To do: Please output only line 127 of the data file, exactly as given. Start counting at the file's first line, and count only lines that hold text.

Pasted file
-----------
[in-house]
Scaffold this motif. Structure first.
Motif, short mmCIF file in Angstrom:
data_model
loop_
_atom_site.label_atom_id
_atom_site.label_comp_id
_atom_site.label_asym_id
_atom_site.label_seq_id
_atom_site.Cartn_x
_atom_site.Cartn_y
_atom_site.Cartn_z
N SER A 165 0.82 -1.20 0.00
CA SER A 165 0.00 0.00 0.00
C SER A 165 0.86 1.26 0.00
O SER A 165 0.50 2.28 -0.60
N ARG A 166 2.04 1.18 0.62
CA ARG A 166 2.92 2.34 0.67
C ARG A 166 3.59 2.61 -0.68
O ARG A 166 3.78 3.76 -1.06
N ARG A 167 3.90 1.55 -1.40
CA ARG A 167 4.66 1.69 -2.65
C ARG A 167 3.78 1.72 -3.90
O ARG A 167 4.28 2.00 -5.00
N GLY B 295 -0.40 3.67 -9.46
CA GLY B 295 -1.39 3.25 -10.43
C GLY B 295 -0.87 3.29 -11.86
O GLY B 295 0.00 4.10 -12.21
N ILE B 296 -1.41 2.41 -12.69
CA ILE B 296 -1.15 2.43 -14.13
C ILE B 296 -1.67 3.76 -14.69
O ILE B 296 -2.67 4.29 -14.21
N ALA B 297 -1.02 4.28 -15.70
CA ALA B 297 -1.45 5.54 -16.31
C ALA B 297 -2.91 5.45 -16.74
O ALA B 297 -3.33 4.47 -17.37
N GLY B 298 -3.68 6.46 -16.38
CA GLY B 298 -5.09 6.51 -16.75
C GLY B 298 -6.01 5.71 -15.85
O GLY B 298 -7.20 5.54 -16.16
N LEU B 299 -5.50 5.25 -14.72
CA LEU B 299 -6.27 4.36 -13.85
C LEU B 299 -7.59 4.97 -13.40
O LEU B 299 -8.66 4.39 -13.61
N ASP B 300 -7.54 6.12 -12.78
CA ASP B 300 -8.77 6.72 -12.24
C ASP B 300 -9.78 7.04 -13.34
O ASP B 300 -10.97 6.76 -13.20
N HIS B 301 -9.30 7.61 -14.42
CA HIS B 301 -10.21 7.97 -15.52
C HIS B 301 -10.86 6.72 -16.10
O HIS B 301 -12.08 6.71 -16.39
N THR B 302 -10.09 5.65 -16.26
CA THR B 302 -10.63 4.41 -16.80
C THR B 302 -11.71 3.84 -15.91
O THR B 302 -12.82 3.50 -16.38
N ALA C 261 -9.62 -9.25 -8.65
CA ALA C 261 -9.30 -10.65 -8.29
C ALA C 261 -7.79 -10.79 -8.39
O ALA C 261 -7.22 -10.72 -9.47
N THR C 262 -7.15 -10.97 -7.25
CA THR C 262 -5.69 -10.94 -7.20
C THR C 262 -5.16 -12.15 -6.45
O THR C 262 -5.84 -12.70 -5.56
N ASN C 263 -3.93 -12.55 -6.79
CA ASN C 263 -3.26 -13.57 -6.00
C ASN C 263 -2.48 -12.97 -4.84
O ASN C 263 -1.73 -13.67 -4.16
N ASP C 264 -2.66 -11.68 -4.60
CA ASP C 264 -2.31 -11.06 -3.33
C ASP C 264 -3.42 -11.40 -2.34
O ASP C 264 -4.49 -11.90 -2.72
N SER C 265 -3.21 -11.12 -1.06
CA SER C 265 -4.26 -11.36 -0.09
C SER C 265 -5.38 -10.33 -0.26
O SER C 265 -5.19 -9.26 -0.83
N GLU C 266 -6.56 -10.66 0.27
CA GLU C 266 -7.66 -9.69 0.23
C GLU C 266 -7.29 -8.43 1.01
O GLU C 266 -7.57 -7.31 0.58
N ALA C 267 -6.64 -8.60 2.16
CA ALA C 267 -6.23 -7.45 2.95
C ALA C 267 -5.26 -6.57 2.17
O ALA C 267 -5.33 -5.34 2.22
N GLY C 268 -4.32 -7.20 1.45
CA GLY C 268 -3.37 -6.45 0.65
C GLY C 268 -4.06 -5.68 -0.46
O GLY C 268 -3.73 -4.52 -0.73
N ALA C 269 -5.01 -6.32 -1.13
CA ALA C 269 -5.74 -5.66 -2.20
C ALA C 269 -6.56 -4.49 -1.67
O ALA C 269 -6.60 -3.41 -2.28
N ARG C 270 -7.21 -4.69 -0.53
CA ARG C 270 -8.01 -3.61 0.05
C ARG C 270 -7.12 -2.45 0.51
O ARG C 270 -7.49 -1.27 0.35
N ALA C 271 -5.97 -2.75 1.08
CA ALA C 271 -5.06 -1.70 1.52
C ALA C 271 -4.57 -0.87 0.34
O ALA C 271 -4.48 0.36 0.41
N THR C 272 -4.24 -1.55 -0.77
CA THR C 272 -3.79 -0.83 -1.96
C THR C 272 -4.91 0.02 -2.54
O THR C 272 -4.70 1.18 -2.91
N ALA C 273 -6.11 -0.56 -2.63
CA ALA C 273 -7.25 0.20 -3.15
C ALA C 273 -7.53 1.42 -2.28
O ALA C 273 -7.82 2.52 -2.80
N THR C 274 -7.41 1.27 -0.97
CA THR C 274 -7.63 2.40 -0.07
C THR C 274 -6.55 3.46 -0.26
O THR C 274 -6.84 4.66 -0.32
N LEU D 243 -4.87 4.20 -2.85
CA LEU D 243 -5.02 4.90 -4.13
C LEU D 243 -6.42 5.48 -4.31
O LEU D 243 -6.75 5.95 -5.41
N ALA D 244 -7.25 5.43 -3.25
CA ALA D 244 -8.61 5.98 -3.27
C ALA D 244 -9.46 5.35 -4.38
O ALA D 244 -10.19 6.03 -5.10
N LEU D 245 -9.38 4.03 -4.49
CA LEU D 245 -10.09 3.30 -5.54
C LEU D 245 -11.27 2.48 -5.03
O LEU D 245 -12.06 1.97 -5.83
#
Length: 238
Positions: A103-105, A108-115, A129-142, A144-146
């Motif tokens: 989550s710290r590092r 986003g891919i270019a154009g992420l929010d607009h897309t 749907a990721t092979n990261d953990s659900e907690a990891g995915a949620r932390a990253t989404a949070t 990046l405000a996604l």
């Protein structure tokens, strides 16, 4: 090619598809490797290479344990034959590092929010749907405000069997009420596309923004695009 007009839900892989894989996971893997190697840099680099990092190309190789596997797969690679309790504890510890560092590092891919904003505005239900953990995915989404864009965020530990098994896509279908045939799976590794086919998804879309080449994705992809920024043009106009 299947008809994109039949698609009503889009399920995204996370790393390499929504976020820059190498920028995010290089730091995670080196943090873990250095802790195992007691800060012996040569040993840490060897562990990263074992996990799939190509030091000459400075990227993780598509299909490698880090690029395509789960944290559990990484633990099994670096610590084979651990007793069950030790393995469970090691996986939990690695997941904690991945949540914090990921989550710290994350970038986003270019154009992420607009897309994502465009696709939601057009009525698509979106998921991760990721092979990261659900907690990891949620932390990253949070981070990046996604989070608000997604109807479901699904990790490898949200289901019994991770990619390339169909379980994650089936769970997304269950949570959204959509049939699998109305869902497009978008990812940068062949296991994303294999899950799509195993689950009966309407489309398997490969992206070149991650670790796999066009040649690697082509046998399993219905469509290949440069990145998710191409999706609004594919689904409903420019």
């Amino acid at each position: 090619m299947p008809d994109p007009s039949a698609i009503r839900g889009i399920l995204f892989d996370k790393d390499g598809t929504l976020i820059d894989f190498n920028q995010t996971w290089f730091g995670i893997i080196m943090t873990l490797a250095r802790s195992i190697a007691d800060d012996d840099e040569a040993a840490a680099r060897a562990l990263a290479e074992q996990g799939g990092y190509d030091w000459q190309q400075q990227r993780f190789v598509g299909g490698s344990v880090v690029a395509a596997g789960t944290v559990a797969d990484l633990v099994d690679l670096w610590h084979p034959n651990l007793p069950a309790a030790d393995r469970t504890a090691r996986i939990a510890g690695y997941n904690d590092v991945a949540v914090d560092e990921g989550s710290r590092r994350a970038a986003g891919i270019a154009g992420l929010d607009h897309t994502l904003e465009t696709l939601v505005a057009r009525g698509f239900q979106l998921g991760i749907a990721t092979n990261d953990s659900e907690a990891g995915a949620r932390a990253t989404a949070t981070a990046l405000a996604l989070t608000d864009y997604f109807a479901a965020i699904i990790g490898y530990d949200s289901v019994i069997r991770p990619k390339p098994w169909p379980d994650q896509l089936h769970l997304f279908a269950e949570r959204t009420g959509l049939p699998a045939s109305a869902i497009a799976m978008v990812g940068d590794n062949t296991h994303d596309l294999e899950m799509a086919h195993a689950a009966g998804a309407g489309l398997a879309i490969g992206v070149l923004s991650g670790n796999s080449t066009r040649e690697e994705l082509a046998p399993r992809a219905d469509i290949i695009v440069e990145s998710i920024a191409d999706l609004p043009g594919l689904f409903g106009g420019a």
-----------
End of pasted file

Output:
Positions: A103-105, A108-115, A129-142, A144-146